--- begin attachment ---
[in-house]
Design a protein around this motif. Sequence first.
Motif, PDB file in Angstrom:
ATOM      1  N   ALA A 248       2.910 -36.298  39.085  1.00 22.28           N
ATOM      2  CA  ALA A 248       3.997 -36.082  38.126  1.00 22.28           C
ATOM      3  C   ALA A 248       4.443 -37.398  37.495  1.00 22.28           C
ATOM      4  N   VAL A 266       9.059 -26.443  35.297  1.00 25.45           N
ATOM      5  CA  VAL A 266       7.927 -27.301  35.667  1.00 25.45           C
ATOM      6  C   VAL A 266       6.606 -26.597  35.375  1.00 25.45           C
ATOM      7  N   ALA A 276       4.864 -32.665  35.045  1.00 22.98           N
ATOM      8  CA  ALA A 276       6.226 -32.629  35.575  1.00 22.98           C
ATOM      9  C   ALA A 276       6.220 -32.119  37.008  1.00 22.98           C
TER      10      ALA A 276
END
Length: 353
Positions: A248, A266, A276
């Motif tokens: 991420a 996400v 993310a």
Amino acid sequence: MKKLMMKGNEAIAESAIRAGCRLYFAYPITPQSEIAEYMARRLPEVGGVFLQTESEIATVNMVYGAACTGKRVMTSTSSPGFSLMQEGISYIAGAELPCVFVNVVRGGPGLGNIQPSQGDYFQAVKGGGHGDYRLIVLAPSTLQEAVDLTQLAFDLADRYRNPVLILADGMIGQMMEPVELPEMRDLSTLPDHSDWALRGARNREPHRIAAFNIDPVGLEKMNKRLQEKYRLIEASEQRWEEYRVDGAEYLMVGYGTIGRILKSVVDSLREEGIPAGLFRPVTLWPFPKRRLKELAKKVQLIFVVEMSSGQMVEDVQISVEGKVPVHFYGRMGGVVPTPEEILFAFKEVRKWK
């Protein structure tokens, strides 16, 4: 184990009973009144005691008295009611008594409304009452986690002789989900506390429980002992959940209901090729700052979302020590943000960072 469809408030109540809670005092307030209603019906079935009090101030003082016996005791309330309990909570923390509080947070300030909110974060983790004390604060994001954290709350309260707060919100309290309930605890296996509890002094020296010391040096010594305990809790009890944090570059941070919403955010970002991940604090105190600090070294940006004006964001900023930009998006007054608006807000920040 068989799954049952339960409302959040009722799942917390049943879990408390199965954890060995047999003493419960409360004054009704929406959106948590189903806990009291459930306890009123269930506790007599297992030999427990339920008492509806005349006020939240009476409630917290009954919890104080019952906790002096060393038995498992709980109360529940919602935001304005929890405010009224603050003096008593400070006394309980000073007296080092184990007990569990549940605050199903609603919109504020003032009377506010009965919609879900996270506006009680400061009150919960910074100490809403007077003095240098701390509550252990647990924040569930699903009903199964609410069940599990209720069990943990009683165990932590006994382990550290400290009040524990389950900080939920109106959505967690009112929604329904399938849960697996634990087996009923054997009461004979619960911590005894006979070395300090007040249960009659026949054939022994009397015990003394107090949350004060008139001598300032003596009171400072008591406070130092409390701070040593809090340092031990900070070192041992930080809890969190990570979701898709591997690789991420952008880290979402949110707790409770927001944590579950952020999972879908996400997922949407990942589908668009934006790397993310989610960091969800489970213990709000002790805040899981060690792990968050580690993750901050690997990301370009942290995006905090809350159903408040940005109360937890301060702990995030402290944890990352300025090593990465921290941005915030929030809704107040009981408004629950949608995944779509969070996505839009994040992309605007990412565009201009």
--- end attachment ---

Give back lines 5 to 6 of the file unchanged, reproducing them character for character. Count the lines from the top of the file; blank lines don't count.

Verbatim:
ATOM      2  CA  ALA A 248       3.997 -36.082  38.126  1.00 22.28           C
ATOM      3  C   ALA A 248       4.443 -37.398  37.495  1.00 22.28           C